• Rabbi Arnold (“Avi”) Levine (1976-1994) brought youth, energy and innovations to the services, raised expectations for Bar Mitzvah students and supported the new regional Midrasha (high school) program. His own two-year-old became a member of the newly formed Gan Katan class (ages 2-3), adding a third grouping to the already established Aleph (ages 3-4) and Bet (ages 4-5) classes. During Rabbi Levine’s tenure, the Homeless Meal program was launched by a group of dedicated volunteers as a stop-gap measure until people found housing, jobs, got food stamps or other assistance. 
  • Rabbi Ferenc Raj (1995-2007) fulfilled the congregation’s desire for a senior scholar who would combine teaching and spiritual leadership. Recognizing the range of congregants’ Reform spiritual needs and wanting to offer choice, he introduced two different siddurim (prayer books) for the High Holidays. He strongly supported Marianne Magid and Dan Magid in their effort to initiate a Shabbat morning minyan (in 1998) prior to Torah Study, as well as their crafting of a traditional siddur for the minyan. He also promoted outreach to the African-American community as a way of annually celebrating the birth of Reverend Martin Luther King, Jr. He helped the congregation manage the significant transition from Arch and Vine to the new synagogue on Oxford Street.
  • Rabbi Yoel Kahn (2007- 2021) brought his scholarly interest in prayer to revitalize the congregation’s siddur as he laid the groundwork for creating a learning community with new senior staff, and a call for the Congregation’s first strategic plan. When Rabbi Kahn became Congregation Beth El’s spiritual leader in 2007, he inherited an impressive range of programs, many of which not only originated with congregational support but have expanded greatly over the years. Today the nursery school, which began with one classroom of mixed ages, is filled to capacity with 64 children and 10 staff. Camp Kee Tov, which began with 100 campers, enrolls over 700 campers supported by 90 counselors, most of whom were campers themselves. The monthly Homeless Meal program serves 200 guests staffed by a crew of 40 volunteers, and backed up by an email list of 300 volunteers, a medical clinic and other social services. Midrasha today serves 160 teens, with 16 staff and includes students from Alameda, Contra Costa and San Francisco (including Congregation Sha’ar Zahav since 1993) Counties. The Shabbat Morning Minyan continues today with around 30 participants, while Torah Study enjoys an attendance averaging 45 participants.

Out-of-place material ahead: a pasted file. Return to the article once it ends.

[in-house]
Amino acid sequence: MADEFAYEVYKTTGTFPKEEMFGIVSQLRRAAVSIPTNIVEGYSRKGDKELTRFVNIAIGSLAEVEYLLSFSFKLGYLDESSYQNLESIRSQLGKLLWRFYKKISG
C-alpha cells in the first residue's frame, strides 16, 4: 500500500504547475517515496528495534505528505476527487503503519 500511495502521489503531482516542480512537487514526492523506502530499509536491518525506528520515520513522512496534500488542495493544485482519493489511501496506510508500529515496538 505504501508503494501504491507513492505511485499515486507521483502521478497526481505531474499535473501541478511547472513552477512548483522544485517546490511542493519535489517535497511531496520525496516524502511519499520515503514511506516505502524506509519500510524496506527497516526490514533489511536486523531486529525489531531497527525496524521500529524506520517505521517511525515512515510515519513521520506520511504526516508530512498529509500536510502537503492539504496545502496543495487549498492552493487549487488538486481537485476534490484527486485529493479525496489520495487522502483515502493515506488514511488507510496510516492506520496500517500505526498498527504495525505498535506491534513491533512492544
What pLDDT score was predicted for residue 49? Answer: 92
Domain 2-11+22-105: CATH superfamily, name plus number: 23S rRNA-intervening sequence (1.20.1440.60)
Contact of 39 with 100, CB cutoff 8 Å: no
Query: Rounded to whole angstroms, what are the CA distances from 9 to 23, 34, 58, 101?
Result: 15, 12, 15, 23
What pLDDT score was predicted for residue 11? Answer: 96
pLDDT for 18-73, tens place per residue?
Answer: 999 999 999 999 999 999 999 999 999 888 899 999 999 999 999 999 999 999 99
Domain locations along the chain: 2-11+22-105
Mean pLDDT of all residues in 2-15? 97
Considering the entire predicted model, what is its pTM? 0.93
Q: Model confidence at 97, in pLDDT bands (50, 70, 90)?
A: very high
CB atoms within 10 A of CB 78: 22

• Rabbi Reuben Zellman (2009 - 2018) shared his exceptional musical knowledge, creativity and talent serving as Beth El’s Associate Rabbi and Music Director. In his rabbinic role, he nurtured and taught hundreds of b’nei mitzvah students and shared his extraordinary compassion and pastoral ability throughout the congregation. Rabbi Reuben reinvented and expanded the Beth El Chorus. Rabbi Reuben's relationship and understanding of the LGBTQ Jewish community created understanding, communication and practices at Beth El that continue to inform and support our understanding and how Beth El creates a welcoming, enlightened atmosphere that continues to be part of the reason Jews from a variety of backgrounds feel that Beth El is a synagogue they feel comfortable belonging to.

Over the years, as rabbis took sabbaticals or when the congregation was in the midst of searching for a rabbi, interim rabbis filled in. These include: Raphael W. Asher (1980-81), Gary Tishkoff (1990-91), Sam Braude and Shelley Waldenberg (1994-95).

Wed, February 28 2024 19 Adar I 5784